At first I was reminded of the ‘Jar of Life‘ story, where the jar appears to be full, but more and more things are added to it. But this story goes deeper into the futility of war in a very child friendly way. There is room for everyone in this world and we should all get along. I particularly enjoyed the message from the author at the back of the book where she gives the reasons that she wrote the book and how angry she got when she watched the news. For assembly, it is useful to be able to develop the discussion around the text by hearing directly from the author at the end of the book.

Leonardo the Terrible Monster – by Mo Willems

Leonardo is a terrible monster, as in, he’s terrible at being a monster. He’s just too small and cute to scare anyone, until he meets Sam. Then Leonardo discovers it’s better to have a good friend than to be good at scaring people.

Incidently, I found these rather useful ideas for teaching philosphy for children using the book. You’re welcome.

The Sea Saw – by Tom Percival

This is the story of a toy bear who is lost at the beach by a little girl called Sofia. The bear goes on an epic journey to get back to Sofia, all the while being guided and protected by the sea. Eventually the bear is discovered in a stream by a little girl who turns out to be Sofia’s granddaughter. All rather lovely, and the moral of the story is, ‘nothing is ever truly lost if you keep it in your heart.’

How to Catch a Star – by Oliver Jeffers

As Oliver Jeffers is an author/illustrator, all of his books look beautiful, with the pictures carrying and developing the narrative. The boy at the centre of the story is on a mission to catch a star and although he faces many set backs, eventually he (kind of ) does. ‘How to Catch a Star’, has a few positive messages for assemblies, anything is possible, life is what you make it, dreams can come true as well as highlighting the importance of perseverance.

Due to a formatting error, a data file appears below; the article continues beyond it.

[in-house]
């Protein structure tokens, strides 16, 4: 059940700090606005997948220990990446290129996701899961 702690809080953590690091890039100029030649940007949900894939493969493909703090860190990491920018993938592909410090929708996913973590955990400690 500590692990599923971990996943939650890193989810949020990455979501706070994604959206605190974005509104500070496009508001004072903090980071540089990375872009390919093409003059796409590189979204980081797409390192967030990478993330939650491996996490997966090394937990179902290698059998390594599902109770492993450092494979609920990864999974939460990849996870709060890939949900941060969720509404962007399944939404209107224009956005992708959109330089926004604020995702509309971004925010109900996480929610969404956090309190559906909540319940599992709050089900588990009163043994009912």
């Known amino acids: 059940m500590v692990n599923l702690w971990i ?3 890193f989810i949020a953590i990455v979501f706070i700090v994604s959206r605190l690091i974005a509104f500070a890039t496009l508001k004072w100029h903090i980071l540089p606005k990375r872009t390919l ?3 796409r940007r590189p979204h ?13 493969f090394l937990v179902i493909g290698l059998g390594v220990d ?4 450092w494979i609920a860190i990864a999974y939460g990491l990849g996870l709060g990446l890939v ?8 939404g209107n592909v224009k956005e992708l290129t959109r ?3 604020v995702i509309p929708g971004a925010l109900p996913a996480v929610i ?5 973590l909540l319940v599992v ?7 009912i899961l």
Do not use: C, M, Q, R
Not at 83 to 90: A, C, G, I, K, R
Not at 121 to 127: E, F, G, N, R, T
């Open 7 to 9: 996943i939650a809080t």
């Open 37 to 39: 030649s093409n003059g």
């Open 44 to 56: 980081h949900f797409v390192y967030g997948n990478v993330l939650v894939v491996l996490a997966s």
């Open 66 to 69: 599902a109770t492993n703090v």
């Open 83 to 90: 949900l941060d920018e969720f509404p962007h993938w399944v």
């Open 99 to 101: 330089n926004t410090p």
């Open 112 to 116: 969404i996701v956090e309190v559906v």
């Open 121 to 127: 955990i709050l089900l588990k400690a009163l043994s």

Beware of the Storybook Wolves – by Lauren Child

You’ll probably know Lauren Child from ‘Charlie and Lola’, ‘Clarice Bean’ and possibly my personal favourite, ‘That Pesky Rat’. She has a very distinctive style of illustration which is instantly recognisable to the children. ‘Beware of the Storybook Wolves’ is the story of a boy called Herb, whose bedtime stories come to life and he has to think fast to get other characters to help him when the storybook wolves turn up in his bedroom. But be warned, it may scare your socks off!

The Book With No Pictures – B.J. Novak

This book is hillarious. The reader is made to read ridiculous words and phrases, much to the amusment of the children listening. It’s full of laughs, but makes the point that the authors have the power to make the audience say, feel, think and see what they want them to.

Here is a clip of B.J. Novak reading the book to a school in Walthamstow. Enjoy.

The Koala Who Could – Rachel Bright

We’ve read a few Rachel Bright books this year and they all have positive messages perfectly pitched for primary children. The Koala Who Could is no exception. I’ve chosen to read this before transition day because it portrays a positive message about facing up to change. Change often comes occurs in life whether we like it or not, but if we embrace it (like Kevin the Koala does), change can be the making of you.